Pentecost XVIII: Harvesting

In today’s Gospel reading, the religious establishment again challenge the authority by which Jesus ministers. He responds with a story, in which a landowner sets up a vineyard, leases it to tenants, and goes abroad. When he sends out his servants at harvest time to collect his produce, the tenants injure and kill them. Sending a second, larger deputation for the purpose results in the same. Finally, in desperation he sends his son and the wicked tenants execute that heir. The chief priests and entourage naturally have to admit that the faithless tenant deserve ultimate punishment.

Jesus is citing and metaphorically applying Isaiah’s depiction of Israel as the Vineyard of God. Through ancient history, the religious establishment have been mistreating and killing those prophets sent by God, the Owner; and, at length God sends his Son as final prophet and he is killed. Let us go beyond the obvious symbolism here and analyze some important things about this tale.

First of all, we may wonder why Jesus is speaking of his own death as some- thing that happened long before? We must remember that this Matthaean Gospel was written forty years after the crucifixion of Christ, by which time that was very much in the past. Second, why is the story saying that Jewish leaders killed the Son when, in fact, he was executed for treason by Roman authorities? Consider that the Jewish Temple has been destroyed by the time Matthew’s text is released. Mainstream Jews see it as a sign that God wants them to move forward from animal sacrifice to the “sacrifice of the human heart,” as a rabbi friend calls it. The Jesus Jews see it as a sign that Jesus’ death is a final blood sacrifice atoning to the Father. From that time, it becomes easier to begin to shift the blame for Jesus’ death away from the Roman Empire to the Jewish People — a tragic mistake which has caused the Jews to be falsely labelled as “Christ-killers” through two millenia and, in its culmination, contributed to six million Jews being executed in the Shoah of World War II. Words are indeed powerful. We recognize, in fact, that God does not lie or renege on his promises: his eternal covenant with the Jewish People is alive and well. God is always faithful. We Christians, as Saint Paul says, were grafted onto that vine!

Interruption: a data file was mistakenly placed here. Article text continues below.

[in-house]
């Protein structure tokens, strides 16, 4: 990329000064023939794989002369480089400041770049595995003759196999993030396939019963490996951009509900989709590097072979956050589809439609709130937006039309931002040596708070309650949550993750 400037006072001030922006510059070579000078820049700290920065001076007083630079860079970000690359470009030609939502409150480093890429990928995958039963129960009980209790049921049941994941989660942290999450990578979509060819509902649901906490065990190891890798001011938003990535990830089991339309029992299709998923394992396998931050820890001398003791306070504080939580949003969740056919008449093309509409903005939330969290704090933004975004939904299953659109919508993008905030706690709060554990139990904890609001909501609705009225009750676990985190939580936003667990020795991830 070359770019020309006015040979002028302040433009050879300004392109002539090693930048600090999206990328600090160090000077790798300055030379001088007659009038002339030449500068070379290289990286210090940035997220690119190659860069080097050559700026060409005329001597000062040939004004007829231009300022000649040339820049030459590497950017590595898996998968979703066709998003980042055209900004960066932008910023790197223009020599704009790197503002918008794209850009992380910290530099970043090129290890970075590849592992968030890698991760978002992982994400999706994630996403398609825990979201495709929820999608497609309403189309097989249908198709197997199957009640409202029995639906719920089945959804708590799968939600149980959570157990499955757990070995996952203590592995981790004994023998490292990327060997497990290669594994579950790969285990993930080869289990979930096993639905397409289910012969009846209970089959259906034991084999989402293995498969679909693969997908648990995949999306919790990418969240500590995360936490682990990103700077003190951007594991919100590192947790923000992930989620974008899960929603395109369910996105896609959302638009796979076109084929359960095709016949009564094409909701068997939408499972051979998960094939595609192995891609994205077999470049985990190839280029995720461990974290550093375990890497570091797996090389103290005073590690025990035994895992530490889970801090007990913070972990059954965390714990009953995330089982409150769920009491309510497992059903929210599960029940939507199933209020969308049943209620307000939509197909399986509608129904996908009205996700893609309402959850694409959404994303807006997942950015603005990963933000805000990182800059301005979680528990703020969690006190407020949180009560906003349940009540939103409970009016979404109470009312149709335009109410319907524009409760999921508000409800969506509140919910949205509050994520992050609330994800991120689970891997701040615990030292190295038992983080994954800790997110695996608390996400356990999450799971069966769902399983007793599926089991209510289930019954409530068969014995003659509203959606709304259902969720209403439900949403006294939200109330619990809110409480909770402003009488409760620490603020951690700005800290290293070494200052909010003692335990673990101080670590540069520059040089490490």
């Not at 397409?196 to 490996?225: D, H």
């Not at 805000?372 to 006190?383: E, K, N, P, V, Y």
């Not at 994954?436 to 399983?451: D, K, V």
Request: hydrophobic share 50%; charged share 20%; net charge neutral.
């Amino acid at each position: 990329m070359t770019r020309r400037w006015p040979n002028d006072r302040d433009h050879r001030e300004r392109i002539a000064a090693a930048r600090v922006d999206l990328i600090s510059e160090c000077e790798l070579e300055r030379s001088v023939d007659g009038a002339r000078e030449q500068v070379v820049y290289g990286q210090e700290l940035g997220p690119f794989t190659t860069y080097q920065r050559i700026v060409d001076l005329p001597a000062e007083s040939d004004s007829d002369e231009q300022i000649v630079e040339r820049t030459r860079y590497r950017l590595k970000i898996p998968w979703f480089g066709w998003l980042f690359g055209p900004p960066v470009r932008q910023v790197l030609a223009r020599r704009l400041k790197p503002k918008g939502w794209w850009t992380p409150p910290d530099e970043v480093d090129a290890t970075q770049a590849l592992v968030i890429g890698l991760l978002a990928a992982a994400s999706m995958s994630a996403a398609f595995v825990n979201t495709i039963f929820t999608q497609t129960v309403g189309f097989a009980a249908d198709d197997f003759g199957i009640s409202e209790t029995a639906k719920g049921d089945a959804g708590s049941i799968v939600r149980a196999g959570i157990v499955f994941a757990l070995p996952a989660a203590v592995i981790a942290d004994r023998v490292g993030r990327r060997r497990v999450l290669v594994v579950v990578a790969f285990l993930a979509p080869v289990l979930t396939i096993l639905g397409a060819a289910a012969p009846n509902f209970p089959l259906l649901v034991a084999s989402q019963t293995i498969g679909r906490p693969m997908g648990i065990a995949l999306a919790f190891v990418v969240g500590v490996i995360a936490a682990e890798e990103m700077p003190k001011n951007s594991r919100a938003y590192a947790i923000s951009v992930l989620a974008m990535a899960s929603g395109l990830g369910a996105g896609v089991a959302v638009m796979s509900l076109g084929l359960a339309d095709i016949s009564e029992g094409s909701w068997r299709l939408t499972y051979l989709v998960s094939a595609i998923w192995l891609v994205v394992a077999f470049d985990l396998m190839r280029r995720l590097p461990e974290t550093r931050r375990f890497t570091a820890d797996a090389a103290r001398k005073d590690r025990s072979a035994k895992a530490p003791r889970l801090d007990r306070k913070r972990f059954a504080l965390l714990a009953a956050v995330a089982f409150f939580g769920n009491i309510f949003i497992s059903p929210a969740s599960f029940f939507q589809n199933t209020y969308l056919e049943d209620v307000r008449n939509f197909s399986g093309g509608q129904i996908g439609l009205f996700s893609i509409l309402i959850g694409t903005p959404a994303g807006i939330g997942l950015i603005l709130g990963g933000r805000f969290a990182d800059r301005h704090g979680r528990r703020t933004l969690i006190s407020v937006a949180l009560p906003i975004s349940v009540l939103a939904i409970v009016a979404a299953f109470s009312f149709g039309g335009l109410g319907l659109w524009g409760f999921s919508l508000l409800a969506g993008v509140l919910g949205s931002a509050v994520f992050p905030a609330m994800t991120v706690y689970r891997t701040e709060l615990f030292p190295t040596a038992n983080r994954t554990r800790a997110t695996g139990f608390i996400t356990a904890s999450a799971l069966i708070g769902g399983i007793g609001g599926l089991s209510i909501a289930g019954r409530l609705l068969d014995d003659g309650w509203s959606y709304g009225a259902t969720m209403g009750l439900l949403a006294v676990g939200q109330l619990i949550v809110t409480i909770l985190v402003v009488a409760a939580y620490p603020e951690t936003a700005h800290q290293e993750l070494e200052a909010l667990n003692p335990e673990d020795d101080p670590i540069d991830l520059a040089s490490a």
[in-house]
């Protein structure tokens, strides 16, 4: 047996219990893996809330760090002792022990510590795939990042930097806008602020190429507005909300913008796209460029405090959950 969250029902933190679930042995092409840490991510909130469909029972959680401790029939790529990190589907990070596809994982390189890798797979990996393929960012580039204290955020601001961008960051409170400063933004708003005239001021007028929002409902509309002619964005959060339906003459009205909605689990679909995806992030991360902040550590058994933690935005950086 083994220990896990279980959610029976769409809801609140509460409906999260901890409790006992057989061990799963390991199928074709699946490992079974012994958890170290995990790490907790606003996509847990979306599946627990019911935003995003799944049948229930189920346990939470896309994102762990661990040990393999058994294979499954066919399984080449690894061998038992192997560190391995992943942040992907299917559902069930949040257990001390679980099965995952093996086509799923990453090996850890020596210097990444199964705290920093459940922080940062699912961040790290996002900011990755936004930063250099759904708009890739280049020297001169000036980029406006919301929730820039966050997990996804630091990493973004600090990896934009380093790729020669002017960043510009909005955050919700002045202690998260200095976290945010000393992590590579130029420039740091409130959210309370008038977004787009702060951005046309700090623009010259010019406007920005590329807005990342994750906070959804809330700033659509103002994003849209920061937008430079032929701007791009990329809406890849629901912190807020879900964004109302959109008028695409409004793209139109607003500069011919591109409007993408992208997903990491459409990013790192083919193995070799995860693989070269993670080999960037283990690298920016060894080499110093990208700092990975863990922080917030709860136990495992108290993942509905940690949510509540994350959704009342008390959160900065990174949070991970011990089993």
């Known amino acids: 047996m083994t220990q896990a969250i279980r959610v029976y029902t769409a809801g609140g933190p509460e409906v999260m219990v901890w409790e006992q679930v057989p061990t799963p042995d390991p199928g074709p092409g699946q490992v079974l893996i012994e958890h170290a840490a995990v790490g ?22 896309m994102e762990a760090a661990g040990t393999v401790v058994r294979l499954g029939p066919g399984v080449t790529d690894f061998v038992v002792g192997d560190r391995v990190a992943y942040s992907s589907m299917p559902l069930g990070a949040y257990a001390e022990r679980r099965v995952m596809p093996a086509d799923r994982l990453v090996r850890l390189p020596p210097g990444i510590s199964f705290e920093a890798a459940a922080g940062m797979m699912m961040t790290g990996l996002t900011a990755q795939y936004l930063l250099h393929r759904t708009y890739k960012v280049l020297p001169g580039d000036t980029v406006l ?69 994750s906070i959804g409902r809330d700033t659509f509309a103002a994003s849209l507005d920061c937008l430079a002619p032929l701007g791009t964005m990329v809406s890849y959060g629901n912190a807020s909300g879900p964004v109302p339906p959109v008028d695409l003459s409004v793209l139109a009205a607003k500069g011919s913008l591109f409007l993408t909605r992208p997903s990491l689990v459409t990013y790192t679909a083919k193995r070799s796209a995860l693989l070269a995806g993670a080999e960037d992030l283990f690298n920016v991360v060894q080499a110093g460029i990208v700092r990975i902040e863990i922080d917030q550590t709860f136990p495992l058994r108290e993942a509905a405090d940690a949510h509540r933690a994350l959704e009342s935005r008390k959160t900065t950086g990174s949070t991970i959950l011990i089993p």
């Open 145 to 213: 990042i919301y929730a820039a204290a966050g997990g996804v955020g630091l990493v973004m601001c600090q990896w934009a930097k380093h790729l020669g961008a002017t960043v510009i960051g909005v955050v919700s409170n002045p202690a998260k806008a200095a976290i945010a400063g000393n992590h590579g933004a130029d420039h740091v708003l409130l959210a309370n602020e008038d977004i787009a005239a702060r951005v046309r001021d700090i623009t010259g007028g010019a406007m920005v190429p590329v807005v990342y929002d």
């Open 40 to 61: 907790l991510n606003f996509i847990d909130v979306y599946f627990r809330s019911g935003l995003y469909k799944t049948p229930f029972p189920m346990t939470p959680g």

A third aspect of our story is very subtle. When Jesus is depicted quoting from Isaiah, he quotes the text of the Greek Bible used by the early Church, not from the Hebrew Bible universally used by Palestinian rabbis during Jesus’ lifetime. Another clue that we have encountered creative writing!

Taking what we have been reading, then, with a big grain of salt, what is our take-away? The core message is certainly that when God’s People, and especially the leadership, are unfaithful, God does a new thing, raises up fresh leadership willing to take seriously the importance of ensuring an abundant crop from the heavenly vineyard. God responds to the needs of the times with covenant-making: Noah, Abraham, Moses, and forward in time, including the New Covenant in Christ. Remembering that we are not indispensible, we always need to keep committed to God’s work in our time and place. Pandemic challenges us to be creative in doing all that we can do in the present to bring in the abundant harvest God expects.

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